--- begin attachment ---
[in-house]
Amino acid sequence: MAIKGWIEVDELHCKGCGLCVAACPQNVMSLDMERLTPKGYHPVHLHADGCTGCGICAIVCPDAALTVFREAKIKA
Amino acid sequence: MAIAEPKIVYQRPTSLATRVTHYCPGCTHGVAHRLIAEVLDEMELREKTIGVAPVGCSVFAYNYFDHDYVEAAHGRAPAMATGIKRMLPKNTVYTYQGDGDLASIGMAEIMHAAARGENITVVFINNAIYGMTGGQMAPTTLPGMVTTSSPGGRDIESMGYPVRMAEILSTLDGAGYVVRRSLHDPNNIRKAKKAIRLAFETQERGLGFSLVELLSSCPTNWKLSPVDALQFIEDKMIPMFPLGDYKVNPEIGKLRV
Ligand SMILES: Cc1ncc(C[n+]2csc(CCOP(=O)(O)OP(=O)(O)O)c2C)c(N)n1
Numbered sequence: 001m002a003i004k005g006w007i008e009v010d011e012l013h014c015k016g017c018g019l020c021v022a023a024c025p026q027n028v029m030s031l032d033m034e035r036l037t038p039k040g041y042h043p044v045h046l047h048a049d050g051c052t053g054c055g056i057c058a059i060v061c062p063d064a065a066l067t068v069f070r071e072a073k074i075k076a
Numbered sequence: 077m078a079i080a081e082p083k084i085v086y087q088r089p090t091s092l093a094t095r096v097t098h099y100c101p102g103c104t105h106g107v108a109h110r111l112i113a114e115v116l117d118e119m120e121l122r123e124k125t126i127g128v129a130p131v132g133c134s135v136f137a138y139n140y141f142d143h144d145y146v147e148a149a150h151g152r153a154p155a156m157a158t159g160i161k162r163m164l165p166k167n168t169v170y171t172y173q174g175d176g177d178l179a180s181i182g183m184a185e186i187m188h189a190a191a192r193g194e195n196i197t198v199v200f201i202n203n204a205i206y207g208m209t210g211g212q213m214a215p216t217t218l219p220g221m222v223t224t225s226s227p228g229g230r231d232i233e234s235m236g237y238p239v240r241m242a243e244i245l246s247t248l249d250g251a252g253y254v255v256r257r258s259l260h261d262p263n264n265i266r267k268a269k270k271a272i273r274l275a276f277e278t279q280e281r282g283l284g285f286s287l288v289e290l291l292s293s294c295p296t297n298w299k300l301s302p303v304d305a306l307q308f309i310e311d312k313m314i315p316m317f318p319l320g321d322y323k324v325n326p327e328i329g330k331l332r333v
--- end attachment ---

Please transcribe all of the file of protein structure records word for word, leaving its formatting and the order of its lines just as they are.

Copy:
[in-house]
Amino acid sequence: MAIKGWIEVDELHCKGCGLCVAACPQNVMSLDMERLTPKGYHPVHLHADGCTGCGICAIVCPDAALTVFREAKIKA
Amino acid sequence: MAIAEPKIVYQRPTSLATRVTHYCPGCTHGVAHRLIAEVLDEMELREKTIGVAPVGCSVFAYNYFDHDYVEAAHGRAPAMATGIKRMLPKNTVYTYQGDGDLASIGMAEIMHAAARGENITVVFINNAIYGMTGGQMAPTTLPGMVTTSSPGGRDIESMGYPVRMAEILSTLDGAGYVVRRSLHDPNNIRKAKKAIRLAFETQERGLGFSLVELLSSCPTNWKLSPVDALQFIEDKMIPMFPLGDYKVNPEIGKLRV
Ligand SMILES: Cc1ncc(C[n+]2csc(CCOP(=O)(O)OP(=O)(O)O)c2C)c(N)n1
Numbered sequence: 001m002a003i004k005g006w007i008e009v010d011e012l013h014c015k016g017c018g019l020c021v022a023a024c025p026q027n028v029m030s031l032d033m034e035r036l037t038p039k040g041y042h043p044v045h046l047h048a049d050g051c052t053g054c055g056i057c058a059i060v061c062p063d064a065a066l067t068v069f070r071e072a073k074i075k076a
Numbered sequence: 077m078a079i080a081e082p083k084i085v086y087q088r089p090t091s092l093a094t095r096v097t098h099y100c101p102g103c104t105h106g107v108a109h110r111l112i113a114e115v116l117d118e119m120e121l122r123e124k125t126i127g128v129a130p131v132g133c134s135v136f137a138y139n140y141f142d143h144d145y146v147e148a149a150h151g152r153a154p155a156m157a158t159g160i161k162r163m164l165p166k167n168t169v170y171t172y173q174g175d176g177d178l179a180s181i182g183m184a185e186i187m188h189a190a191a192r193g194e195n196i197t198v199v200f201i202n203n204a205i206y207g208m209t210g211g212q213m214a215p216t217t218l219p220g221m222v223t224t225s226s227p228g229g230r231d232i233e234s235m236g237y238p239v240r241m242a243e244i245l246s247t248l249d250g251a252g253y254v255v256r257r258s259l260h261d262p263n264n265i266r267k268a269k270k271a272i273r274l275a276f277e278t279q280e281r282g283l284g285f286s287l288v289e290l291l292s293s294c295p296t297n298w299k300l301s302p303v304d305a306l307q308f309i310e311d312k313m314i315p316m317f318p319l320g321d322y323k324v325n326p327e328i329g330k331l332r333v